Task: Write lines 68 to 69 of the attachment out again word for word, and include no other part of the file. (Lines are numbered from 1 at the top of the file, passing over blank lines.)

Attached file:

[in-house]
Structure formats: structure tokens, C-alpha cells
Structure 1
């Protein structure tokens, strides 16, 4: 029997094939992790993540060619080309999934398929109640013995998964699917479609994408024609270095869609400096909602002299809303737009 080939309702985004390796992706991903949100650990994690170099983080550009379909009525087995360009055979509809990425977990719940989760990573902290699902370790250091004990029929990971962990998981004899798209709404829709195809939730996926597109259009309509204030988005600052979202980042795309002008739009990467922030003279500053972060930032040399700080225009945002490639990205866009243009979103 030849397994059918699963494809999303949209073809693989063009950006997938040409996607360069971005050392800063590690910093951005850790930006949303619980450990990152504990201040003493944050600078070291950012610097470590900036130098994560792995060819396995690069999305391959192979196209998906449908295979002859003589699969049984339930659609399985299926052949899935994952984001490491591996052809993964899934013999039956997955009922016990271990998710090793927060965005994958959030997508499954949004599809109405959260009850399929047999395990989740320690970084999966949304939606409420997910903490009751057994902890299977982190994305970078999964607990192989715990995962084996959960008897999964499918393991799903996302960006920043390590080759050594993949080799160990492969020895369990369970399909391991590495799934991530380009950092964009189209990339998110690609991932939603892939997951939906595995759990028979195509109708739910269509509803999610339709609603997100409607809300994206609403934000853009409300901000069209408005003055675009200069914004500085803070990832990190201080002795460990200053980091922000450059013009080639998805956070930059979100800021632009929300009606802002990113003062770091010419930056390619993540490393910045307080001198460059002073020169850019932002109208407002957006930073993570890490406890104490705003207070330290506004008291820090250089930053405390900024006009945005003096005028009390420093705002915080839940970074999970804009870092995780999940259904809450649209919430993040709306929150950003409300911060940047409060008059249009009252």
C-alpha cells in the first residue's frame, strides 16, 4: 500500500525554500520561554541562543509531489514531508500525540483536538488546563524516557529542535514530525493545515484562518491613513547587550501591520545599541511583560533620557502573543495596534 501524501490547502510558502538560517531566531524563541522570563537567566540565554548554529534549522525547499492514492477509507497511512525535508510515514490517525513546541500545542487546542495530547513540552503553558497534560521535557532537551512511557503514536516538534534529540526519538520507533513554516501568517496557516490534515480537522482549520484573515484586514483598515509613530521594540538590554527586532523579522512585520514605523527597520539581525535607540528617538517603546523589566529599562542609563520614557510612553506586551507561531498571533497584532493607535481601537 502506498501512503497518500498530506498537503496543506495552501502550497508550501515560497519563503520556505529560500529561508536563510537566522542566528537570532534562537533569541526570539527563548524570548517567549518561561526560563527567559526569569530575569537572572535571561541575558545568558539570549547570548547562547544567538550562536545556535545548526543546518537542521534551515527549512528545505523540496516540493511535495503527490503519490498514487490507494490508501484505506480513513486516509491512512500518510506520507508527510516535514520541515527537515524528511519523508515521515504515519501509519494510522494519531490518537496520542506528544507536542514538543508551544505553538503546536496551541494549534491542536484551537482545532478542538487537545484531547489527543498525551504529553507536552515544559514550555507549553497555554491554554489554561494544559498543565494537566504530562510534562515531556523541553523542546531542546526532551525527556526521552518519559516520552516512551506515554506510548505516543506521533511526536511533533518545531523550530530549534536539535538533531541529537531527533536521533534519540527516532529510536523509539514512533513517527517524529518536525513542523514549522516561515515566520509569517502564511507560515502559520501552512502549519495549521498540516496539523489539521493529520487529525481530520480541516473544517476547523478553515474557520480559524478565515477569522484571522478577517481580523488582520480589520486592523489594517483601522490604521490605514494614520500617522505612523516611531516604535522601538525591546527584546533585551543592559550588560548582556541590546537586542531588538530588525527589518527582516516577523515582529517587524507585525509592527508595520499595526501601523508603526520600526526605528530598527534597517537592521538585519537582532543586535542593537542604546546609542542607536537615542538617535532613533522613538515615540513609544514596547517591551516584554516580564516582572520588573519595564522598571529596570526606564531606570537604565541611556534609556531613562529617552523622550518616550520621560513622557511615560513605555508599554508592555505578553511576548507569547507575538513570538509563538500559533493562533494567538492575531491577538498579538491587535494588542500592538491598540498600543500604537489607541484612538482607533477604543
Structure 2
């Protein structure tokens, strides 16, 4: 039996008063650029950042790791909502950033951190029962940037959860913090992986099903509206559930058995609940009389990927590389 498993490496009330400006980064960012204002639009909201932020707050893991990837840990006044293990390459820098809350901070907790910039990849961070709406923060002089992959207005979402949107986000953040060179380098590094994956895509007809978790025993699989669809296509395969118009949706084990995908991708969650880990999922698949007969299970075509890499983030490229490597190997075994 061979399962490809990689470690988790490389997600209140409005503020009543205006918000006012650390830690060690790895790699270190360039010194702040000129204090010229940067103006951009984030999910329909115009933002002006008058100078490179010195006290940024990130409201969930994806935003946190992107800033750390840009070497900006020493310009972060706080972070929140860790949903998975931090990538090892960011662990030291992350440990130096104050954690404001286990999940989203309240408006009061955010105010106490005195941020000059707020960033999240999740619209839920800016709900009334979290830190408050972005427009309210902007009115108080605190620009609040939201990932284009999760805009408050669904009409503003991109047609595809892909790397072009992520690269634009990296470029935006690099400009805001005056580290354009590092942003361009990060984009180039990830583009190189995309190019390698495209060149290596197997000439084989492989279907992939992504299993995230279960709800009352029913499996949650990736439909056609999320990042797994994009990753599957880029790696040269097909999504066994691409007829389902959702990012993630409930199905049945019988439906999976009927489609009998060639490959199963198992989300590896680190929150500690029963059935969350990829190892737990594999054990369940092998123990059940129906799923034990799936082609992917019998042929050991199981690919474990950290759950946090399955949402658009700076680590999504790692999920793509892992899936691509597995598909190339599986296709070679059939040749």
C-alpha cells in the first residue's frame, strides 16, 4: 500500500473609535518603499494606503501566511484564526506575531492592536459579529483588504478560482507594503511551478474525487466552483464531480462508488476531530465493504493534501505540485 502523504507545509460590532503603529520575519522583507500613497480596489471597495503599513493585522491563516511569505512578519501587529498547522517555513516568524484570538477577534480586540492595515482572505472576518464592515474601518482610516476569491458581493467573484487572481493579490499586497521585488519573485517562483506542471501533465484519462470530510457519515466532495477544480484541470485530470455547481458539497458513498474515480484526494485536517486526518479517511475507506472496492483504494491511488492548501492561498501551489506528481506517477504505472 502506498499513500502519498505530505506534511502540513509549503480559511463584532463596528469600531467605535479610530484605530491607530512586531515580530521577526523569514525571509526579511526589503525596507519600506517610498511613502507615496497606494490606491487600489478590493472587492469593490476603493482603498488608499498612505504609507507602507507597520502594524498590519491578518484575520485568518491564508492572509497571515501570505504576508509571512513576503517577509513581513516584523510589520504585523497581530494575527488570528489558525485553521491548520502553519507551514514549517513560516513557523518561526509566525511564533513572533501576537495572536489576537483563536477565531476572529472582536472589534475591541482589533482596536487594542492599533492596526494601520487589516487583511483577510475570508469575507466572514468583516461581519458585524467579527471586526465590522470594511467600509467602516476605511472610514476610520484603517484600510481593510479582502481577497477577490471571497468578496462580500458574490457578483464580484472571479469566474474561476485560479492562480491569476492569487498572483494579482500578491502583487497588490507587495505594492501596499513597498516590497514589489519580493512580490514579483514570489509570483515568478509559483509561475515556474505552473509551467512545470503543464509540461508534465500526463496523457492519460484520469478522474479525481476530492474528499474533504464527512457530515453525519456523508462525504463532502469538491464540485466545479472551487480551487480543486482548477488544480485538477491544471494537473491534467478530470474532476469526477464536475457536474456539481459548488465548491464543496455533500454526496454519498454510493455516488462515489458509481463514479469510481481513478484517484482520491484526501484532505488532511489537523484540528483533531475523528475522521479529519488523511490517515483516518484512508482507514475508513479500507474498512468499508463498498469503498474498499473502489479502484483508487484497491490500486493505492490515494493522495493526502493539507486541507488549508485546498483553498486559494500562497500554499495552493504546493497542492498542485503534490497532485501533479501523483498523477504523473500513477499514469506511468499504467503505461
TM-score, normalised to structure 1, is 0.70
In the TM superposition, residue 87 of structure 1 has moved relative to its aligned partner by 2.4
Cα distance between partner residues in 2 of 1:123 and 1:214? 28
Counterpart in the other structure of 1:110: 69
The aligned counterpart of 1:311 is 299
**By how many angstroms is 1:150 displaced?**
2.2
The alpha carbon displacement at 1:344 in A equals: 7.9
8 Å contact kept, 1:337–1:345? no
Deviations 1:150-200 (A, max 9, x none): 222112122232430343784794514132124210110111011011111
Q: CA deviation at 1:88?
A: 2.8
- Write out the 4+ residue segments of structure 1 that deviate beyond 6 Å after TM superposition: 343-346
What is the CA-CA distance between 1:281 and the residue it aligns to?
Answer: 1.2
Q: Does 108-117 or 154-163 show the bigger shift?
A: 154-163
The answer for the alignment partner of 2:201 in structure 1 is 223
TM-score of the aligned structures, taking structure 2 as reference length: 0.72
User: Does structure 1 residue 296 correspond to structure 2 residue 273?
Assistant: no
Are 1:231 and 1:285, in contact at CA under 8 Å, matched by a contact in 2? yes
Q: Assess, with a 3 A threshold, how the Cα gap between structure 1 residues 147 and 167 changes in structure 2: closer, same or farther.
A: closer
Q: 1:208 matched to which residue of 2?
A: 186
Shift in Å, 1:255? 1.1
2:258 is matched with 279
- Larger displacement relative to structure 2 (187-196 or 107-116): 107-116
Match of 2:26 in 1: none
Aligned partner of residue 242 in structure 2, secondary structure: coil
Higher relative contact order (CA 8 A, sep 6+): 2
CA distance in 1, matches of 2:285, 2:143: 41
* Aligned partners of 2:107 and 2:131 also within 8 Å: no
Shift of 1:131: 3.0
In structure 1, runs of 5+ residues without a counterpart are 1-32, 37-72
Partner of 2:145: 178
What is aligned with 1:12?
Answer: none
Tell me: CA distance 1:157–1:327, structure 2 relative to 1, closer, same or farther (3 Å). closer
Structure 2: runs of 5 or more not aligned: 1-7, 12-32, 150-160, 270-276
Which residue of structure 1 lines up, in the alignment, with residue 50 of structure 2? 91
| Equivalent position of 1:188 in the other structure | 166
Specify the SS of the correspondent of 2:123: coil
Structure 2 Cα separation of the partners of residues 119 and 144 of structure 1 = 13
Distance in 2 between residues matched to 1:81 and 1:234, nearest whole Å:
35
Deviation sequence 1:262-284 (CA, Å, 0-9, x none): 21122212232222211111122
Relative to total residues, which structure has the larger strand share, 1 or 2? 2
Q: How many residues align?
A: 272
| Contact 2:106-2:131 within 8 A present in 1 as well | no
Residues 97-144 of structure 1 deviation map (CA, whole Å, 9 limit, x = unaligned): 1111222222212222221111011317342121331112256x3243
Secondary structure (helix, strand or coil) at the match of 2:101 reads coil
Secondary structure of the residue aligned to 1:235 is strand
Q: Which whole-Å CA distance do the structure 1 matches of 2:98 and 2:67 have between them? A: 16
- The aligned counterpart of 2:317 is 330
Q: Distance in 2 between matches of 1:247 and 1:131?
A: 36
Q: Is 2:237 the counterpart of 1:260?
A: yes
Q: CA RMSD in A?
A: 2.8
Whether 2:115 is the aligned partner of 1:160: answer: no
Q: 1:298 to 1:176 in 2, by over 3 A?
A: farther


Q: Is 2:237 the counterpart of 1:260?
A: yes